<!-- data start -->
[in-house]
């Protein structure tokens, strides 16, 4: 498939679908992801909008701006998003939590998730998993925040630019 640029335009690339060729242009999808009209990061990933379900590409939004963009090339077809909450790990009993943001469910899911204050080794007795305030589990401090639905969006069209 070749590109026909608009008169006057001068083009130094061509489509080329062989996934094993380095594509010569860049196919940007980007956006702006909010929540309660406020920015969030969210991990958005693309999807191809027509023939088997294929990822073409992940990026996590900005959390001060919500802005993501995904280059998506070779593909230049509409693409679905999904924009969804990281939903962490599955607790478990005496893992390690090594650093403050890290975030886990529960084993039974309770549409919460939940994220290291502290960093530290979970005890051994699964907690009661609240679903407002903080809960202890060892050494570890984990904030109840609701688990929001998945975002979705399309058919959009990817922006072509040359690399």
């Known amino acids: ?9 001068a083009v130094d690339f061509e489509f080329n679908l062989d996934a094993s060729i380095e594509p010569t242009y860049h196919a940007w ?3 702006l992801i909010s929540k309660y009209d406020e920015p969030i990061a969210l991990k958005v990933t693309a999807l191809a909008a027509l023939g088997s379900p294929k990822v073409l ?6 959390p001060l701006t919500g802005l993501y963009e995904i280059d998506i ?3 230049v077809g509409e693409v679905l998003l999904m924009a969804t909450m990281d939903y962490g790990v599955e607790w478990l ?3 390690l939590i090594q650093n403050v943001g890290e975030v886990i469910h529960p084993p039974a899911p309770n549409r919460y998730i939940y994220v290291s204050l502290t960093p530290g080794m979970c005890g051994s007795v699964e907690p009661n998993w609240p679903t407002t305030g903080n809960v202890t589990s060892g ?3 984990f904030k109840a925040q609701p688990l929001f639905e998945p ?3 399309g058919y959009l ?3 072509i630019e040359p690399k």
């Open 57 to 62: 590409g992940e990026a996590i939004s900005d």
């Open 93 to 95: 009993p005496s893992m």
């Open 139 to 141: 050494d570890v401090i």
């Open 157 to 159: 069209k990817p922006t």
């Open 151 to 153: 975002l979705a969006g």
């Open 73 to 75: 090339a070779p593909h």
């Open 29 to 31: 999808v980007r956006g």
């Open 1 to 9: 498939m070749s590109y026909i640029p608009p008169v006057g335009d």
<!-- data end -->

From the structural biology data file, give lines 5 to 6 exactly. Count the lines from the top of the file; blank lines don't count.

């Open 93 to 95: 009993p005496s893992m």
């Open 139 to 141: 050494d570890v401090i």